The apoplectic comments of Harvey Proctor and Nile Gardiner about EU flags being waved during the singing of Rule, Britannia! at the Last Night of the Proms are worthy of Private Eye’s Sir Herbert Gussett (Brexiters outraged after crowds wave EU flag at Last Night of the Proms, 10 September). They also demonstrate their authors’ ignorance both of the origins of the song and of the reasons for its inclusion in the BBC Proms.
Rule, Britannia! was composed as the finale of a masque commissioned in 1740 by Frederick, Prince of Wales. He, like the rest of the Hanoverians in this country, was both British and German. As well as heir to the British crown, he was also Prince Friedrich Ludwig of Hanover. In commissioning a masque on the growth of British naval power, he was simply positioning himself as the man of the future, to contrast himself with his hated father, George II, but he most certainly was not suggesting that Britain’s future lay in “going it alone”.
As for the place of Rule, Britannia! in the Proms, this came about because Sir Henry Wood included it in his Fantasia on British Sea Songs, written in 1905 to mark the centenary of the Battle of Trafalgar. The Fantasia has survived (albeit increasingly messed around with) not because it is a British tradition, but because the audiences like it – the same audiences who wave EU flags and are happy to have a patriotic British song performed by a Norwegian soprano.
Harvey Proctor may fear that Henry Wood revolves in his grave at the thought of EU flags at the Proms. But Henry would surely be grateful to Edgar Speyer of the Frankfurt banking family for bankrolling the concerts when he was chairman of the Classical Music Society from 1902 to 1914. Without his support, the Proms could have disappeared. Sadly, anti-German sentiment forced this patron of British arts and friend of Edward Elgar from the country in 1915.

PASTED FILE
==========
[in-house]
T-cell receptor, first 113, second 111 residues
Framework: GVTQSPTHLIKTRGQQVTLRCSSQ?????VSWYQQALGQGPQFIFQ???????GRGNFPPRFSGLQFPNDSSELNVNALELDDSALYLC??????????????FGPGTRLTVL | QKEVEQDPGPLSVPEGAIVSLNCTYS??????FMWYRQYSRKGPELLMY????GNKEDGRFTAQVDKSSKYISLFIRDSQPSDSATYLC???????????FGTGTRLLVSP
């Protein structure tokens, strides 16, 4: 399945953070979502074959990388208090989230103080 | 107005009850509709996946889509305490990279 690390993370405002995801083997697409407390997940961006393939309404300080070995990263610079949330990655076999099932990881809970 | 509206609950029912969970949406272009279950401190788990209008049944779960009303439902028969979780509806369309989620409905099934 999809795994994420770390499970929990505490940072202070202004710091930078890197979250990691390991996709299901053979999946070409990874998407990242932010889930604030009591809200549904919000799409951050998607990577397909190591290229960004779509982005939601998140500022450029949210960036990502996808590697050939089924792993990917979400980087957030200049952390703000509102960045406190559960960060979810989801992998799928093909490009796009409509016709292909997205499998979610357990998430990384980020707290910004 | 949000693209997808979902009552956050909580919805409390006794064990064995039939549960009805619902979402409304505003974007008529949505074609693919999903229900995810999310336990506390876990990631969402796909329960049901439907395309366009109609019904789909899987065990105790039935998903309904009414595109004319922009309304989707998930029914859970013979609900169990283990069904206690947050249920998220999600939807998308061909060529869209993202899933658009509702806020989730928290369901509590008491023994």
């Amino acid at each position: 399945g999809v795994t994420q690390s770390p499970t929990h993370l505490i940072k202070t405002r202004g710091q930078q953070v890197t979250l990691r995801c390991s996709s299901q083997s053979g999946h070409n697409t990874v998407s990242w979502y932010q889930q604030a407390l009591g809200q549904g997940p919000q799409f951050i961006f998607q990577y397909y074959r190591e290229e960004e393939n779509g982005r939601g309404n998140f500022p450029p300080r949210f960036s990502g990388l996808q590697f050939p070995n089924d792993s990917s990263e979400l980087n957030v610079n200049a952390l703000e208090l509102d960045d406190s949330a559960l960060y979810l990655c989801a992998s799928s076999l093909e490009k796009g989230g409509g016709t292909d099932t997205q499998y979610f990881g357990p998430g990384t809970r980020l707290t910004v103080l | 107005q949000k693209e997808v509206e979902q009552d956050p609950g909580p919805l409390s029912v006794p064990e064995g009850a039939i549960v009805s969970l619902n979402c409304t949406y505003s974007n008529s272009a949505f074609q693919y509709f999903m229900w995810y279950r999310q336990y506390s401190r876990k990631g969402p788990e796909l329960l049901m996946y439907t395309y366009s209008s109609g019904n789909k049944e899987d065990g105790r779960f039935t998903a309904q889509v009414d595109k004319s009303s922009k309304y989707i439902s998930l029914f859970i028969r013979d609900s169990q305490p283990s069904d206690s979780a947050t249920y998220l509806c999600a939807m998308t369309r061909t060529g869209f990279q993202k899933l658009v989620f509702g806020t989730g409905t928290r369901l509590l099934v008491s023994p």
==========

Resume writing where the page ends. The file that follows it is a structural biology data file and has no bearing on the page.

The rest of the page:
Dr Tony Morgan
The Thank EU for the Music group who handed out EU flags would have had an advocate in the late Kenneth Clark who, in his memorable TV series Civilisation, remarked: “As I have said, and shall go on saying, nearly all the steps upwards in civilisation have been made in periods of internationalism.”
Saltdean, East Sussex
The waving of EU flags during the Last Night of the Proms has drawn ire from Brexiters, while the campaign group Thank EU for the Music argues that it sends a “powerful signal to the world that Britain wants back IN!” Neither side paid any attention to the fact that the lead soloist of the event was from Norway, a country that has twice rejected EU membership but maintains cooperative relations with the EU. This is a useful reminder on how finding practical ways to cooperate is likely to be more productive for music (and other issues) than rehashing the in versus out debates.
Regius professor of political science, University of Essex
Delighted to see so many EU flags at the Last Night of the Proms. At the 2021 Labour party annual conference, all EU flags were confiscated by security. Fortunately, mine was deep inside a pocket, ready to be unfurled at the end of the leader’s closing speech. A warning to this year’s delegates: keep EU flags out of sight while entering the conference centre.
It is amusing to see so many anti-woke campaigners rushing to defend Proms “traditions”. Don’t they realise that Jerusalem is one of the most revolutionary hymns in the English hymnbook? All that talk of dark satanic mills is surely the very thing they seek to attack!
Stuart A Raymond
Well done, Last Night of the Proms novice Tim Jonze, for volunteering to attend the event this year (‘A more hopeful kind of patriotism’: a first-timer goes to the Last Night of the Proms, theguardian.com, 11 September). But the fact that he had thought the Last Night was “a bunch of toffs in dinner jackets braying about empire, a kind of musical Bullingdon Club” shows that even the most liberal and enlightened among us can be prejudiced. Another common prejudice is that the Proms and classical music in general, is elitist and beyond the reach of ordinary people. I paid £22 for a superb seat overlooking the orchestra to see Elgar’s violin concerto. The cheapest ticket for Diana Ross in October is more than £100.